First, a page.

In an ironic twist, perhaps orchestrated by the Sandman himself, Gaiman said that once he starting using his dreams as story ideas, the dreams stopped. So now, when he has nightmares, “I treasure them.”

How has being a parent affected your creativity?

Gaiman also looks to his children for story ideas.

He said, “All of my great ideas have come from my kids (at least the ones that made it into children’s books.)”

He wrote The Graveyard Book for his son Michael. Coraline was written for Holly, and finished for Maddie, his two daughters from his previous marriage. He said 8-week-old Ash will someday earn his keep.

What’s the average time it takes you to write a novel?

In school, Gaiman loved his writing classes—math was much harder. (Meaning, while writing flows out of him, calculating averages does not.)

The longest amount of time it took him to write a book was 23 years, for The Graveyard Book. Gaiman had the idea at the age of 24, living in England, as he watched his 2-year-old son ride his tricycle through the headstones in the churchyard across the road.

He thought, “Why not write a story about a child who is adopted by dead people? It would be like The Jungle Book, but called The Graveyard Book!” He wrote a page, then decided “this is a better idea than I am a writer.”

He went back to it over the years, and in 2004, realized, “I’m not actually getting any better—I just need to write this thing!”

He said his quickest book was The Ocean at the End of the Lane. He sat down in February to write a short story and looked up (in Dallas) at the end of April, and he’d finished it.

So the average time it takes him to write a book is somewhere between two and a half months and 23 years—you do the math.

Do you finish every book that you read?

Gaiman said that for most of his life, yes, he finished every single book he started. That was, until he ended up as a judge for a fiction award. He had to read 600 books in a year. He read the first three books through to the end—then realized he still needed to have a life. So, he would read through the first chapter or two, or for however long it held his interest, then toss it across the room.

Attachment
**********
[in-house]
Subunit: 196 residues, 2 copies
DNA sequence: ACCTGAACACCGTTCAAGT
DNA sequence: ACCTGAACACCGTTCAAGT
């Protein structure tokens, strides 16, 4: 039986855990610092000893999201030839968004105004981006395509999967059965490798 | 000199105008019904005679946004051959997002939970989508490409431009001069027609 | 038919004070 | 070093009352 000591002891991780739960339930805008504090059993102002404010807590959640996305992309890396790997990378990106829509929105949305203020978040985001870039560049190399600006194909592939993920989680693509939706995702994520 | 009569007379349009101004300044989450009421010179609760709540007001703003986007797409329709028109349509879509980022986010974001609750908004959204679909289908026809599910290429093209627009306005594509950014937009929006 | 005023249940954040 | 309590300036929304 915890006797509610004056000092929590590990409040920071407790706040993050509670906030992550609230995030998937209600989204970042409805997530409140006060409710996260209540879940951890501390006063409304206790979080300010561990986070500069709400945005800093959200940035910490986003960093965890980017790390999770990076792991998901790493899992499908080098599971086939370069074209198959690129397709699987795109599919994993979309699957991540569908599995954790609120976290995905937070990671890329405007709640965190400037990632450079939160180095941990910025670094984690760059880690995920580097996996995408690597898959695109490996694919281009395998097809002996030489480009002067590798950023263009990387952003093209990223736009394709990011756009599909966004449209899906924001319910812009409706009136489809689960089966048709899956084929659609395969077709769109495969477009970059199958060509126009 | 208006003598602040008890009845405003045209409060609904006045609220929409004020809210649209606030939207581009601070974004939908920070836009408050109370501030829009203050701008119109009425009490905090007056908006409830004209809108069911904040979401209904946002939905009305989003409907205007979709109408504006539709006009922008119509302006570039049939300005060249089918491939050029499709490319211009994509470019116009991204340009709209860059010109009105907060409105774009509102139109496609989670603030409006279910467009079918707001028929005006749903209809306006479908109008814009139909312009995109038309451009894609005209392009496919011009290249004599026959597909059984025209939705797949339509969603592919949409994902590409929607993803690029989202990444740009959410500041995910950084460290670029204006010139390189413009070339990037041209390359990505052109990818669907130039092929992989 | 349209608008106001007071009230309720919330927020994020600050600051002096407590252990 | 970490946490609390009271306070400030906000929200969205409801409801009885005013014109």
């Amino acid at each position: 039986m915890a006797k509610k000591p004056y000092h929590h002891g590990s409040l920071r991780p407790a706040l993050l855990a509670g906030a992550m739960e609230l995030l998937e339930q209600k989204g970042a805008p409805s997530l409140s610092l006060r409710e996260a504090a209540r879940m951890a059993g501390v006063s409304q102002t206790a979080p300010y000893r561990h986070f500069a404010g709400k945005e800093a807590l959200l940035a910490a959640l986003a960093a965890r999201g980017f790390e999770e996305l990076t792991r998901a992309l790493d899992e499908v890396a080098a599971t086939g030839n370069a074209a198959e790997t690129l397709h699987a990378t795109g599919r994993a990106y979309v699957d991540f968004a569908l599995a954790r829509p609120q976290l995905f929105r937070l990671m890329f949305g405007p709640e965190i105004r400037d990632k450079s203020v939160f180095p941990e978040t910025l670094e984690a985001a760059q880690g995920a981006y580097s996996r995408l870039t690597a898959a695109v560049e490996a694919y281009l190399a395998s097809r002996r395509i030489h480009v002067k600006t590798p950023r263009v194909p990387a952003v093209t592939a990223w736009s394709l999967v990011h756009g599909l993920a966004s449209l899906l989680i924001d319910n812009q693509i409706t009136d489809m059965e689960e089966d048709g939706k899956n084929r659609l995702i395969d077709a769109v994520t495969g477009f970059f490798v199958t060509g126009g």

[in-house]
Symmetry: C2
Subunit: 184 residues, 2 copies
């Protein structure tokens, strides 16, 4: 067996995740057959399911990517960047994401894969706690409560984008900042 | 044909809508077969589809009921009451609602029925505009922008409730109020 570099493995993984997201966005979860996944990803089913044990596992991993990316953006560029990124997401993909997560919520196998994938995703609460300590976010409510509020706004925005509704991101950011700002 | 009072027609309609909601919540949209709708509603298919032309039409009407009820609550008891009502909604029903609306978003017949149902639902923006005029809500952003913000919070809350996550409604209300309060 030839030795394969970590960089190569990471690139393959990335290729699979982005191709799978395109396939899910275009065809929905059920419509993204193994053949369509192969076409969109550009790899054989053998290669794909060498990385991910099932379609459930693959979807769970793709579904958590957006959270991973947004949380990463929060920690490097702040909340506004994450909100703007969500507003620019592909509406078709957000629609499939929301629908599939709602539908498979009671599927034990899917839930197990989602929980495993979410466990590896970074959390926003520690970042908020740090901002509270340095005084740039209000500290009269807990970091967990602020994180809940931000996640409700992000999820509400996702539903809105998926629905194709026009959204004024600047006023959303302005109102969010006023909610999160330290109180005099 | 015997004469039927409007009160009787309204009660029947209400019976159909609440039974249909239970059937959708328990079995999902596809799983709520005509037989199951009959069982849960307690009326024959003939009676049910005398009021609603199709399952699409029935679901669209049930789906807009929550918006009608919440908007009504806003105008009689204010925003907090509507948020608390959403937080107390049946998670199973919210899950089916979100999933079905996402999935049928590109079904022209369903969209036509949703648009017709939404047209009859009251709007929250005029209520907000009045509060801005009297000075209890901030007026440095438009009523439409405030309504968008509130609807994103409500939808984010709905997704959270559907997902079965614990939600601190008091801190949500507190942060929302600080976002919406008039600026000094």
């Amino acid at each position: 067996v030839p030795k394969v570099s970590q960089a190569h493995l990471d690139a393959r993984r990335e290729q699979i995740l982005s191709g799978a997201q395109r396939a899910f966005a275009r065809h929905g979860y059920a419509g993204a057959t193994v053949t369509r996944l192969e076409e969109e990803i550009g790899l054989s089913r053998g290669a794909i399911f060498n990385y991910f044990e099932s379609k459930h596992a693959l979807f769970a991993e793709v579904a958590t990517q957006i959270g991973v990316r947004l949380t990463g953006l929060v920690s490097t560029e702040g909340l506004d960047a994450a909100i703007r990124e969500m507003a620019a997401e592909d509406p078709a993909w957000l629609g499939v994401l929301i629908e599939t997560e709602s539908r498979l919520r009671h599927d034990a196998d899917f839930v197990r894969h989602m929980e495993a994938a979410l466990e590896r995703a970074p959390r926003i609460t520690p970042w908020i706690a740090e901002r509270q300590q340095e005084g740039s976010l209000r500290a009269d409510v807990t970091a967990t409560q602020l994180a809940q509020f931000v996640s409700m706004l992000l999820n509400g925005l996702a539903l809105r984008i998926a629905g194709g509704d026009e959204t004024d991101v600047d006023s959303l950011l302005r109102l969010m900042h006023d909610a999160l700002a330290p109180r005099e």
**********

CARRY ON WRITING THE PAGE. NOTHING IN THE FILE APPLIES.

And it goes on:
“Then, I’d walk over, pick it up and put it on the shelf, because I’m not a barbarian,” Gaiman said.

What inspires or motivates you to stick with or finish one of your stories?


Gaiman’s biggest motivation for writing a story until the end was the discovery that no one else is going to finish it for you. He sadly realized that there are no tiny elves who creep in and write chapter 9 while he’s sleeping.

On his writing schedule (read: shed-ule), he squeezes in writing whenever he can. He’d had a flight delay getting to Austin, and while he waited, he finished and turned in a book. (A nonfiction collection of writings releasing in May 2016, called The View From the Cheap Seats).

Do you believe you’ve already done your greatest accomplishment? If not, how will you know when you have?

When asked what keeps him going, Gaiman said one of his friends had seen a film about a jazz musician who kept playing his horn, believing that “somewhere out there is the note. Maybe today I’ll finally reach it.”

It’s a matter of mindset—if you believe your life’s greatest accomplishment is behind you, it probably is.

So when given a choice of what to believe, he said, “I want to be that horn player. I want to play the note. If my greatest accomplishment is behind me—if it was American Gods or Coraline or Sandman or The Graveyard Book—don’t tell me.”